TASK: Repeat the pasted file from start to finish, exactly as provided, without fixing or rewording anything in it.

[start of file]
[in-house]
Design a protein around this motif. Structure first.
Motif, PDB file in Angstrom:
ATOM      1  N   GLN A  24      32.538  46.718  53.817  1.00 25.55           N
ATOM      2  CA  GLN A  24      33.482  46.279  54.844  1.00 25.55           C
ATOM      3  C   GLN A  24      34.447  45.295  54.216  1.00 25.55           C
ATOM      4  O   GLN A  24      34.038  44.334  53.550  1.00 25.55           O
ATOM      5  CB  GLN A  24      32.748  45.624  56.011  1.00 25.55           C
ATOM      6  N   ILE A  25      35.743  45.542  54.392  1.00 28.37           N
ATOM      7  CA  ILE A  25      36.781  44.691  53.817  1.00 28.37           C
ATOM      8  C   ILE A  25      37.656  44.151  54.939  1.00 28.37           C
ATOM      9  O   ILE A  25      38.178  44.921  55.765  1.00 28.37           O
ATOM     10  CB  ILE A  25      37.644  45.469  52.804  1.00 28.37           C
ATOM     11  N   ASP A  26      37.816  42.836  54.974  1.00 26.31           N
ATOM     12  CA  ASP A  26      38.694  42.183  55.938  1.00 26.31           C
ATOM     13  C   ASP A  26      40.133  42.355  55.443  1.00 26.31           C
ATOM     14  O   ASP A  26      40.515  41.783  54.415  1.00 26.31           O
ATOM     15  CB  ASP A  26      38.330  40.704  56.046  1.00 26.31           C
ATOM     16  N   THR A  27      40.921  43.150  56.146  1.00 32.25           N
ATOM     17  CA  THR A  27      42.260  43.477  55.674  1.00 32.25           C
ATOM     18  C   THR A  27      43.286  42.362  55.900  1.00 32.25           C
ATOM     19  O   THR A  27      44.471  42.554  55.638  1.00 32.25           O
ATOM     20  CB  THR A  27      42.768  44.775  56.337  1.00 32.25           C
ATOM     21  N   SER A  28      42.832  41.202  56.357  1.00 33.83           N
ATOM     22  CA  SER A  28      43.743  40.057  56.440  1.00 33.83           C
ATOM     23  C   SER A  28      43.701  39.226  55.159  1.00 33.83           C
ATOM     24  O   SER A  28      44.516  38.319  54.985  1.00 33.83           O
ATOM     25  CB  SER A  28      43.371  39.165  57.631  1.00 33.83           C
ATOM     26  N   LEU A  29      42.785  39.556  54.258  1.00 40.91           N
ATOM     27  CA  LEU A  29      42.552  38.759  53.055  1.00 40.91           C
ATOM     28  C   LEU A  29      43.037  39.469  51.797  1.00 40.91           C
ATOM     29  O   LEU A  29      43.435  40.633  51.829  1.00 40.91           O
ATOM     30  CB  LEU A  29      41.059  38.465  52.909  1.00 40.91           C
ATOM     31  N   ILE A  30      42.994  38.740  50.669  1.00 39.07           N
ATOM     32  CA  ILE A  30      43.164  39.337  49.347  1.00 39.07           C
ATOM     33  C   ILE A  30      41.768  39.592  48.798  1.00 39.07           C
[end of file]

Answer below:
[in-house]
Design a protein around this motif. Structure first.
Motif, PDB file in Angstrom:
ATOM      1  N   GLN A  24      32.538  46.718  53.817  1.00 25.55           N
ATOM      2  CA  GLN A  24      33.482  46.279  54.844  1.00 25.55           C
ATOM      3  C   GLN A  24      34.447  45.295  54.216  1.00 25.55           C
ATOM      4  O   GLN A  24      34.038  44.334  53.550  1.00 25.55           O
ATOM      5  CB  GLN A  24      32.748  45.624  56.011  1.00 25.55           C
ATOM      6  N   ILE A  25      35.743  45.542  54.392  1.00 28.37           N
ATOM      7  CA  ILE A  25      36.781  44.691  53.817  1.00 28.37           C
ATOM      8  C   ILE A  25      37.656  44.151  54.939  1.00 28.37           C
ATOM      9  O   ILE A  25      38.178  44.921  55.765  1.00 28.37           O
ATOM     10  CB  ILE A  25      37.644  45.469  52.804  1.00 28.37           C
ATOM     11  N   ASP A  26      37.816  42.836  54.974  1.00 26.31           N
ATOM     12  CA  ASP A  26      38.694  42.183  55.938  1.00 26.31           C
ATOM     13  C   ASP A  26      40.133  42.355  55.443  1.00 26.31           C
ATOM     14  O   ASP A  26      40.515  41.783  54.415  1.00 26.31           O
ATOM     15  CB  ASP A  26      38.330  40.704  56.046  1.00 26.31           C
ATOM     16  N   THR A  27      40.921  43.150  56.146  1.00 32.25           N
ATOM     17  CA  THR A  27      42.260  43.477  55.674  1.00 32.25           C
ATOM     18  C   THR A  27      43.286  42.362  55.900  1.00 32.25           C
ATOM     19  O   THR A  27      44.471  42.554  55.638  1.00 32.25           O
ATOM     20  CB  THR A  27      42.768  44.775  56.337  1.00 32.25           C
ATOM     21  N   SER A  28      42.832  41.202  56.357  1.00 33.83           N
ATOM     22  CA  SER A  28      43.743  40.057  56.440  1.00 33.83           C
ATOM     23  C   SER A  28      43.701  39.226  55.159  1.00 33.83           C
ATOM     24  O   SER A  28      44.516  38.319  54.985  1.00 33.83           O
ATOM     25  CB  SER A  28      43.371  39.165  57.631  1.00 33.83           C
ATOM     26  N   LEU A  29      42.785  39.556  54.258  1.00 40.91           N
ATOM     27  CA  LEU A  29      42.552  38.759  53.055  1.00 40.91           C
ATOM     28  C   LEU A  29      43.037  39.469  51.797  1.00 40.91           C
ATOM     29  O   LEU A  29      43.435  40.633  51.829  1.00 40.91           O
ATOM     30  CB  LEU A  29      41.059  38.465  52.909  1.00 40.91           C
ATOM     31  N   ILE A  30      42.994  38.740  50.669  1.00 39.07           N
ATOM     32  CA  ILE A  30      43.164  39.337  49.347  1.00 39.07           C
ATOM     33  C   ILE A  30      41.768  39.592  48.798  1.00 39.07           C